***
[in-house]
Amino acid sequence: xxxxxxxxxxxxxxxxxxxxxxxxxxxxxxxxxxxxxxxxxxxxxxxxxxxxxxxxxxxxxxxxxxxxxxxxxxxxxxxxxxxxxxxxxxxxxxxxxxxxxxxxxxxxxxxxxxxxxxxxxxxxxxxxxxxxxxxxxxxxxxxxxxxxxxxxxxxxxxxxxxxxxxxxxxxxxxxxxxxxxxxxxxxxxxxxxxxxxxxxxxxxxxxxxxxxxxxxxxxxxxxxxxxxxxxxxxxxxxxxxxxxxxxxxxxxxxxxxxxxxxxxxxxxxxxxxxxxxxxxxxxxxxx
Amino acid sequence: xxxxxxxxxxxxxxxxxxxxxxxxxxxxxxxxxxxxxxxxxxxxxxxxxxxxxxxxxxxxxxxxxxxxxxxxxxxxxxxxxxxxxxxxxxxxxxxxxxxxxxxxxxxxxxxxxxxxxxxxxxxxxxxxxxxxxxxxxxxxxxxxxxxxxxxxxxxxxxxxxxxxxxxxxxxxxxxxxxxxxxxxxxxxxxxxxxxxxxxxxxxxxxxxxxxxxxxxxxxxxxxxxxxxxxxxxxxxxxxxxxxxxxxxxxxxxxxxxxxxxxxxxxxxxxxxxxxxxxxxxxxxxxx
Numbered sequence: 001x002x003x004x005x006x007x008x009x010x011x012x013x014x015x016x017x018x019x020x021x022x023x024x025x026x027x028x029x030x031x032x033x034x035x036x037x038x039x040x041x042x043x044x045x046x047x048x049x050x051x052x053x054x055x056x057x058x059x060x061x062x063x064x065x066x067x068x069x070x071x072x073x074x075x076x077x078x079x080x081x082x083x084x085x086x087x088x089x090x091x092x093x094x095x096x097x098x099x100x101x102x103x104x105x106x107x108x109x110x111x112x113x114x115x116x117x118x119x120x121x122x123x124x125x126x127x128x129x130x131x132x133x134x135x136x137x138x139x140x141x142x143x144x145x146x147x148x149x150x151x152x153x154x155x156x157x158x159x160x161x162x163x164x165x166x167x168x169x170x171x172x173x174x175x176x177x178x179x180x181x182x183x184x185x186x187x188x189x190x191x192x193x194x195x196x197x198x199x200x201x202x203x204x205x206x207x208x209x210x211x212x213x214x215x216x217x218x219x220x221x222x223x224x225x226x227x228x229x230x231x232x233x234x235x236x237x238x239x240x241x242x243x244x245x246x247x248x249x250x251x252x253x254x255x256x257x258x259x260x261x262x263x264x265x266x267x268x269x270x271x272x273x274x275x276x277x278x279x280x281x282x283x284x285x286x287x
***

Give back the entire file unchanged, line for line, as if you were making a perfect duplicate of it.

[in-house]
Amino acid sequence: xxxxxxxxxxxxxxxxxxxxxxxxxxxxxxxxxxxxxxxxxxxxxxxxxxxxxxxxxxxxxxxxxxxxxxxxxxxxxxxxxxxxxxxxxxxxxxxxxxxxxxxxxxxxxxxxxxxxxxxxxxxxxxxxxxxxxxxxxxxxxxxxxxxxxxxxxxxxxxxxxxxxxxxxxxxxxxxxxxxxxxxxxxxxxxxxxxxxxxxxxxxxxxxxxxxxxxxxxxxxxxxxxxxxxxxxxxxxxxxxxxxxxxxxxxxxxxxxxxxxxxxxxxxxxxxxxxxxxxxxxxxxxxx
Amino acid sequence: xxxxxxxxxxxxxxxxxxxxxxxxxxxxxxxxxxxxxxxxxxxxxxxxxxxxxxxxxxxxxxxxxxxxxxxxxxxxxxxxxxxxxxxxxxxxxxxxxxxxxxxxxxxxxxxxxxxxxxxxxxxxxxxxxxxxxxxxxxxxxxxxxxxxxxxxxxxxxxxxxxxxxxxxxxxxxxxxxxxxxxxxxxxxxxxxxxxxxxxxxxxxxxxxxxxxxxxxxxxxxxxxxxxxxxxxxxxxxxxxxxxxxxxxxxxxxxxxxxxxxxxxxxxxxxxxxxxxxxxxxxxxxxx
Numbered sequence: 001x002x003x004x005x006x007x008x009x010x011x012x013x014x015x016x017x018x019x020x021x022x023x024x025x026x027x028x029x030x031x032x033x034x035x036x037x038x039x040x041x042x043x044x045x046x047x048x049x050x051x052x053x054x055x056x057x058x059x060x061x062x063x064x065x066x067x068x069x070x071x072x073x074x075x076x077x078x079x080x081x082x083x084x085x086x087x088x089x090x091x092x093x094x095x096x097x098x099x100x101x102x103x104x105x106x107x108x109x110x111x112x113x114x115x116x117x118x119x120x121x122x123x124x125x126x127x128x129x130x131x132x133x134x135x136x137x138x139x140x141x142x143x144x145x146x147x148x149x150x151x152x153x154x155x156x157x158x159x160x161x162x163x164x165x166x167x168x169x170x171x172x173x174x175x176x177x178x179x180x181x182x183x184x185x186x187x188x189x190x191x192x193x194x195x196x197x198x199x200x201x202x203x204x205x206x207x208x209x210x211x212x213x214x215x216x217x218x219x220x221x222x223x224x225x226x227x228x229x230x231x232x233x234x235x236x237x238x239x240x241x242x243x244x245x246x247x248x249x250x251x252x253x254x255x256x257x258x259x260x261x262x263x264x265x266x267x268x269x270x271x272x273x274x275x276x277x278x279x280x281x282x283x284x285x286x287x